Sheffield's largest office building Moorfoot could be flattened in plan for more city centre homes

Sheffield’s famous Moorfoot building could be flattened or turned into flats as part of a new ‘vision’ for the city centre.

Friday, 18th March 2022, 2:13 pm

The future of the huge office building - the largest in Sheffield - is ‘being considered’ in a post-pandemic plan to dramatically increase the number of residents.

A council report states the Moorfoot area will be targeted at young professionals and promoted as a ‘prime location for city core living’.


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Moorfoot severed the link between Sheffield’s main shopping street and busy London Road.

It also states: “The future of the Moorfoot Building itself (adaptation or replacement) is currently being considered’ due to the emergence of hybrid working.”

The stepped-pyramid, red-brick building is a landmark between the bottom of The Moor and St Mary’s Gate.

It was built in 1981 and occupied for years by the Manpower Services Commission and then the Civil Service.

City Council staff moved in when they left in 2011.

The Moorfoot building in Sheffield.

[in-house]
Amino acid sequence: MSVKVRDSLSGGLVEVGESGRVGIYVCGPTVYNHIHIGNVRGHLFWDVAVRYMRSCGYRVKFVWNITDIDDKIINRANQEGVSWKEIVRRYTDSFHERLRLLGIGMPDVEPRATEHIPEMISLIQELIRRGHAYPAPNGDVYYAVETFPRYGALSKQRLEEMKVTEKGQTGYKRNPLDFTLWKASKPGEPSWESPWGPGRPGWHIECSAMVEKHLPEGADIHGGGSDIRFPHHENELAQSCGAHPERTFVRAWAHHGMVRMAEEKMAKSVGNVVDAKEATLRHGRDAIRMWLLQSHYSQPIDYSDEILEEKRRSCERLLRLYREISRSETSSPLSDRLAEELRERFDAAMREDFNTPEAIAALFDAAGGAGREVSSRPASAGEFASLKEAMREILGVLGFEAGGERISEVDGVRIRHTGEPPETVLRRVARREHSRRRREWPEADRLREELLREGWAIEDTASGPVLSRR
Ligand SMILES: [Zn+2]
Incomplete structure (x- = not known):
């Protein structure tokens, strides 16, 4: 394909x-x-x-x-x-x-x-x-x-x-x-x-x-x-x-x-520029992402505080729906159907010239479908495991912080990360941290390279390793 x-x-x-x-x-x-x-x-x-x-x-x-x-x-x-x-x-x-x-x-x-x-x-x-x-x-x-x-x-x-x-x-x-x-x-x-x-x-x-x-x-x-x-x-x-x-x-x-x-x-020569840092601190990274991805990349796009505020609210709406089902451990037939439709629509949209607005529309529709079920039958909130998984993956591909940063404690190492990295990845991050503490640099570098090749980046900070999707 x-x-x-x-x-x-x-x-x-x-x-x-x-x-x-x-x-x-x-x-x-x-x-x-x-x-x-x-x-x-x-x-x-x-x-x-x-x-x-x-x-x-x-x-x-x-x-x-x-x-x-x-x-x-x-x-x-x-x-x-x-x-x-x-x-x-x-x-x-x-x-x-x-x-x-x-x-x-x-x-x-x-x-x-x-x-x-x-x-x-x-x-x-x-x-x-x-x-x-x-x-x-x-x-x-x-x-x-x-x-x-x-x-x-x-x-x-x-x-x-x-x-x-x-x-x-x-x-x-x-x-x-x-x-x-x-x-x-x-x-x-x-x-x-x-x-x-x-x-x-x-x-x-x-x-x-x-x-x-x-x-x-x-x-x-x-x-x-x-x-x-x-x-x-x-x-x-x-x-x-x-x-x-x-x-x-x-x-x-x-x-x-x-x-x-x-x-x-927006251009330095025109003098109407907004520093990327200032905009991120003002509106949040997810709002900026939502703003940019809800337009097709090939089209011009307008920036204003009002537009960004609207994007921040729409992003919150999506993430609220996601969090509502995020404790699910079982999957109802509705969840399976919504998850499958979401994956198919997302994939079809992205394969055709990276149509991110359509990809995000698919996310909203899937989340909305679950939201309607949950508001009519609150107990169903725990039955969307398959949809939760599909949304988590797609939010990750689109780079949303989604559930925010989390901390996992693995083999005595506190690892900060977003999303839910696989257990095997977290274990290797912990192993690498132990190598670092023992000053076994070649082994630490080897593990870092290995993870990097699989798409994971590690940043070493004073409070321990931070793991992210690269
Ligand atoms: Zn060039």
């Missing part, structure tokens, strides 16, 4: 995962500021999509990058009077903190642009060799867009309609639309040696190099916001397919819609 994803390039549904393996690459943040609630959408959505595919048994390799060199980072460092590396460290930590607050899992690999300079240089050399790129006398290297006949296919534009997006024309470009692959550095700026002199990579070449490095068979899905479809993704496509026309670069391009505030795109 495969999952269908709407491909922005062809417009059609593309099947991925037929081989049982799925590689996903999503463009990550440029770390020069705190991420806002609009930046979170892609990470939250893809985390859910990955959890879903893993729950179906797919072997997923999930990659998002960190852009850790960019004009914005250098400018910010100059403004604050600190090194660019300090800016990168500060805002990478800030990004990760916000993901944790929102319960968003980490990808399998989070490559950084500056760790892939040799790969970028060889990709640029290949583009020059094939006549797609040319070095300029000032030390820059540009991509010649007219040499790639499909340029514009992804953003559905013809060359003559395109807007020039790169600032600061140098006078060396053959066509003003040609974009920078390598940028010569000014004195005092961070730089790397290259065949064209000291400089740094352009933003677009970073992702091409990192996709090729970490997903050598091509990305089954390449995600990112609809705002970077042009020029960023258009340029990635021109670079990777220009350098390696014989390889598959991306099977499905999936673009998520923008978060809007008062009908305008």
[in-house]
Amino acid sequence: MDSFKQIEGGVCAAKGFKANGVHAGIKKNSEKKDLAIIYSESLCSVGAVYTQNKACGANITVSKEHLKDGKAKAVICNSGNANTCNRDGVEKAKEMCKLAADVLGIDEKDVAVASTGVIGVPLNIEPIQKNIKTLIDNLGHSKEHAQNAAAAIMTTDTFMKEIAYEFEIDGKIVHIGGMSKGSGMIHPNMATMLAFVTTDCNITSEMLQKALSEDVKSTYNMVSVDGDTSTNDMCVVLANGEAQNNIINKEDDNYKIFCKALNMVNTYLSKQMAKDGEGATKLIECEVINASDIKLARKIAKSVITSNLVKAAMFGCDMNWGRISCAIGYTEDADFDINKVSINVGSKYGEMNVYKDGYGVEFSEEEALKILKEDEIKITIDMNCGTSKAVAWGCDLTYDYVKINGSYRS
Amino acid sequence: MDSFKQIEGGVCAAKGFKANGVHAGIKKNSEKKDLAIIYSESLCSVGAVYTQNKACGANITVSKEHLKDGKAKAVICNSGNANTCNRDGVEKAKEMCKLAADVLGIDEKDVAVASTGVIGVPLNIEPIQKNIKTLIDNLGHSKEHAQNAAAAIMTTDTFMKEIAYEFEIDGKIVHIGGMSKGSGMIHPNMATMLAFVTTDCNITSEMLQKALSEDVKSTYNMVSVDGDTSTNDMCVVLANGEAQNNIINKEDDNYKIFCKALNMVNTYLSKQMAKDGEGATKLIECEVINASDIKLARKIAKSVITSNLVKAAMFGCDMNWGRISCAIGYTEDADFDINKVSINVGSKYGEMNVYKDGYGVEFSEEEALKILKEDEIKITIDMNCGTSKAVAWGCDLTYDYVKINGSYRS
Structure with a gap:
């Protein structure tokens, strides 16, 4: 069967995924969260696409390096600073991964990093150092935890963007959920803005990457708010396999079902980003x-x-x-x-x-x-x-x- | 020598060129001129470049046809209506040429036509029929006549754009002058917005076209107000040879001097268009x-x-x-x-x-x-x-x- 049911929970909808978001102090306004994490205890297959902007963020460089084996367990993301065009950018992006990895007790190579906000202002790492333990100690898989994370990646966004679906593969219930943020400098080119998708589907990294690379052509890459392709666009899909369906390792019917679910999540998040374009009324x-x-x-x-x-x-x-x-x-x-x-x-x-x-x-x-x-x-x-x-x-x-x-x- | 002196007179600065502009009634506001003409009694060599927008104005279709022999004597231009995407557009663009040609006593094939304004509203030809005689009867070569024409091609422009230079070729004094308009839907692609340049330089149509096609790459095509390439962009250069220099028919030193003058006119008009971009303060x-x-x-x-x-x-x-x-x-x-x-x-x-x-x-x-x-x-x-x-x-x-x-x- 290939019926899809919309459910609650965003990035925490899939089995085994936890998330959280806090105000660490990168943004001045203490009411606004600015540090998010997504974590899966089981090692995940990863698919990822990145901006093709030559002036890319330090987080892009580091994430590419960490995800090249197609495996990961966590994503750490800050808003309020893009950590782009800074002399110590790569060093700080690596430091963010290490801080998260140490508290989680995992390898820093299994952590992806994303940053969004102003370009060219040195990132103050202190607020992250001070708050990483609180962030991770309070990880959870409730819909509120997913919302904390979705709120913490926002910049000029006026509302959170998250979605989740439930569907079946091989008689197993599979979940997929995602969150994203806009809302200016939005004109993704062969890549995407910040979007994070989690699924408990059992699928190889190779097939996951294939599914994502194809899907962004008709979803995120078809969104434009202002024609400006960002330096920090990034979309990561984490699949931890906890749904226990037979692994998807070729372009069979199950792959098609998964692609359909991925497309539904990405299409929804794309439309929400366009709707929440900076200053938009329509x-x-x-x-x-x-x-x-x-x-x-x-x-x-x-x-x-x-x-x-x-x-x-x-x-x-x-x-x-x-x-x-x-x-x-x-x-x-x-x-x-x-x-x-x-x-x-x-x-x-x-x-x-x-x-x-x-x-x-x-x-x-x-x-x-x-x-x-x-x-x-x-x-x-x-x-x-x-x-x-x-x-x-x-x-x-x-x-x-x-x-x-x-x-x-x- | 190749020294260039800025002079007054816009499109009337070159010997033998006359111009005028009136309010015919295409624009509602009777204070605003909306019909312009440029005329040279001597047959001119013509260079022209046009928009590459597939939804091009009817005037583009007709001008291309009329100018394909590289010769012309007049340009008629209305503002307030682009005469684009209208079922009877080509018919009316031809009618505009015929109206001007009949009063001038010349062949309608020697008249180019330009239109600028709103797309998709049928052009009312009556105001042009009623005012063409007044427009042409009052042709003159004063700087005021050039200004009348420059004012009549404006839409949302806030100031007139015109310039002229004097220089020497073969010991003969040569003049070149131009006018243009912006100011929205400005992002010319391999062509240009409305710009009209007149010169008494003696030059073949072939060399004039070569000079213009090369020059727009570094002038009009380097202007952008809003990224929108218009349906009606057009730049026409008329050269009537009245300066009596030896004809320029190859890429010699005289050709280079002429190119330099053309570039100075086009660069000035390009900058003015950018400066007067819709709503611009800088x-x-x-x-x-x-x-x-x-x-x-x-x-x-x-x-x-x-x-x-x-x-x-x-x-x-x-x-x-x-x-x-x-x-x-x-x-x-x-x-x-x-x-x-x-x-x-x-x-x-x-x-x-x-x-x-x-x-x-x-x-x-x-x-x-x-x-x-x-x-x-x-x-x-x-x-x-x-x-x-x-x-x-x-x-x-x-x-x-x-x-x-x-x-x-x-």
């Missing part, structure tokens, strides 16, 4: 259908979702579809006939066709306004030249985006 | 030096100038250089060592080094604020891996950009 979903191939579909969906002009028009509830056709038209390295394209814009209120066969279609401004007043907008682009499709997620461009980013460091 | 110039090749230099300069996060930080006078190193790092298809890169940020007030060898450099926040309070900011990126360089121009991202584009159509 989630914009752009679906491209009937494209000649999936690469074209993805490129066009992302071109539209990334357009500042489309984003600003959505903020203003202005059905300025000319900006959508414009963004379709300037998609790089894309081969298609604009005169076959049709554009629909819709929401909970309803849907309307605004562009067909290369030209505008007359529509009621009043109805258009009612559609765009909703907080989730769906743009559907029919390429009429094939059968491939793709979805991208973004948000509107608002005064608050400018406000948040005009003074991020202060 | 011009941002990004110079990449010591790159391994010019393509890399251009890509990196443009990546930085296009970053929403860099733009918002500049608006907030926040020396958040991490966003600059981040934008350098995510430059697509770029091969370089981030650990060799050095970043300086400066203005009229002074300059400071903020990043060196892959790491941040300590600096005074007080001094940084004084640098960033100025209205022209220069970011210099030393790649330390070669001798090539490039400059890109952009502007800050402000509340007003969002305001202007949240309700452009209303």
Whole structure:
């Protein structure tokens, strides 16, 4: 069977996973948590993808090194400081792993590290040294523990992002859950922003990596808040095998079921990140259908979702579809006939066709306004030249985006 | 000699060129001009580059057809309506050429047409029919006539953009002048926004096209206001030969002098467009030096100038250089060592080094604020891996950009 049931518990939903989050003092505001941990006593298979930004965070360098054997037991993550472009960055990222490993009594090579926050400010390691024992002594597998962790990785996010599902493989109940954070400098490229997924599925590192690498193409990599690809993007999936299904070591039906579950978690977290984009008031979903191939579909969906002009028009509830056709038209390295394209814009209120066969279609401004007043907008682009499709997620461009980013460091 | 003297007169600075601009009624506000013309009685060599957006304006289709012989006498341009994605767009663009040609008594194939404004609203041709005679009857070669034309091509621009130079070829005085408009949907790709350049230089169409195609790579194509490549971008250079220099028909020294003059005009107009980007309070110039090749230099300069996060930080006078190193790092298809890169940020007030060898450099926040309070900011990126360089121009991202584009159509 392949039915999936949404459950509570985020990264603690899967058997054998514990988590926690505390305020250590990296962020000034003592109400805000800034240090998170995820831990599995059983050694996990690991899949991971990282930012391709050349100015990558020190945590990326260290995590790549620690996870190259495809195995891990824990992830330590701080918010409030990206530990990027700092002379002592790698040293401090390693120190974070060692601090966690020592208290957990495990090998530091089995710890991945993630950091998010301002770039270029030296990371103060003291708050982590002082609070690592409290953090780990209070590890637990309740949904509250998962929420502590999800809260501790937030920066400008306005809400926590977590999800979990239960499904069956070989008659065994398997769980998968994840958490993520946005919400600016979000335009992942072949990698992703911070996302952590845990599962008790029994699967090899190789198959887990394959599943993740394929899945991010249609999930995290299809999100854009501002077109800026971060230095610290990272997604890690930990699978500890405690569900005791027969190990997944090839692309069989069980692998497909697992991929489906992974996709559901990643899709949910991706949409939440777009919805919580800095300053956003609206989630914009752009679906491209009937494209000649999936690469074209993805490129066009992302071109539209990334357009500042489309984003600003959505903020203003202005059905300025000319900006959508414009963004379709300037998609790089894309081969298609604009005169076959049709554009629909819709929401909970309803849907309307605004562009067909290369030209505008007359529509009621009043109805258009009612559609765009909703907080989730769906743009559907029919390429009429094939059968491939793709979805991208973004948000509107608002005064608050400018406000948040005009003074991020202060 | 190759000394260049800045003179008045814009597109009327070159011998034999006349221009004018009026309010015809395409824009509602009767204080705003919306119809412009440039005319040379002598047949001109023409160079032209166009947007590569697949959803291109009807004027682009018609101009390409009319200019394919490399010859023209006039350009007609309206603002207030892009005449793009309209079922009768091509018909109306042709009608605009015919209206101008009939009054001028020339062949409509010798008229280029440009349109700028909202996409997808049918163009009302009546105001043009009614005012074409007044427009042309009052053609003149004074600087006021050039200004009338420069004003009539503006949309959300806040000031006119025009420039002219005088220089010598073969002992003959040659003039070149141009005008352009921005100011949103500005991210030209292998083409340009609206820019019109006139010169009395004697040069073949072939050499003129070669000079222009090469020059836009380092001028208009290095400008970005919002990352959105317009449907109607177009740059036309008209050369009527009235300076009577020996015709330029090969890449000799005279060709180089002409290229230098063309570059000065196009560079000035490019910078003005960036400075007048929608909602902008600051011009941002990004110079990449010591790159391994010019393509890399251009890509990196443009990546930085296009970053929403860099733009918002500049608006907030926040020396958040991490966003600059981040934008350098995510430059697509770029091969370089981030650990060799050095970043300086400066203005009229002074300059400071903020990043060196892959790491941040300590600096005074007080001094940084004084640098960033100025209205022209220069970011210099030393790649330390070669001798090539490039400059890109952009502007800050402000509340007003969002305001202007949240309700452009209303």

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The Strategic Vision document states that working from home in the pandemic has led to new working patterns.

It adds: “Options for a new accommodation strategy are being worked through as part of how staff will work in the future given the emergence of hybrid working models.”


The Moorfoot building in Sheffield.

More residents could bring back the buzz to the city centre which has a record number of vacant stores due to online shopping and the pandemic.

The city council also has a target of building 53,000 new homes by 2039.

The vision sets out an ambition to ‘repopulate’ the city centre with 20,000 new homes to bring a ‘permanent critical mass of people’ to create vitality and vibrancy.

It sets out plans for five distinctive new neighbourhoods: Moorfoot, Castlegate, Wicker Riverside, Furnace Hill and Neepsend Gateway.

It adds: “Delivering more homes will provide much-needed housing and importantly act as the ‘glue’ to bring together and strengthen the key components that make up the city centre: culture, arts, work and leisure for example.

“More homes in the city centre will also reduce the impact of urban sprawl on the surrounding countryside whilst positively contributing to the low carbon agenda by reducing the demand on Sheffield’s wider road and public transport network.

“Delivering this strategic vision will not happen if we rely solely on market forces’.

Moorfoot severed the link between Sheffield’s main shopping street and London Road. A pedestrian tunnel was built but never opened to the public.

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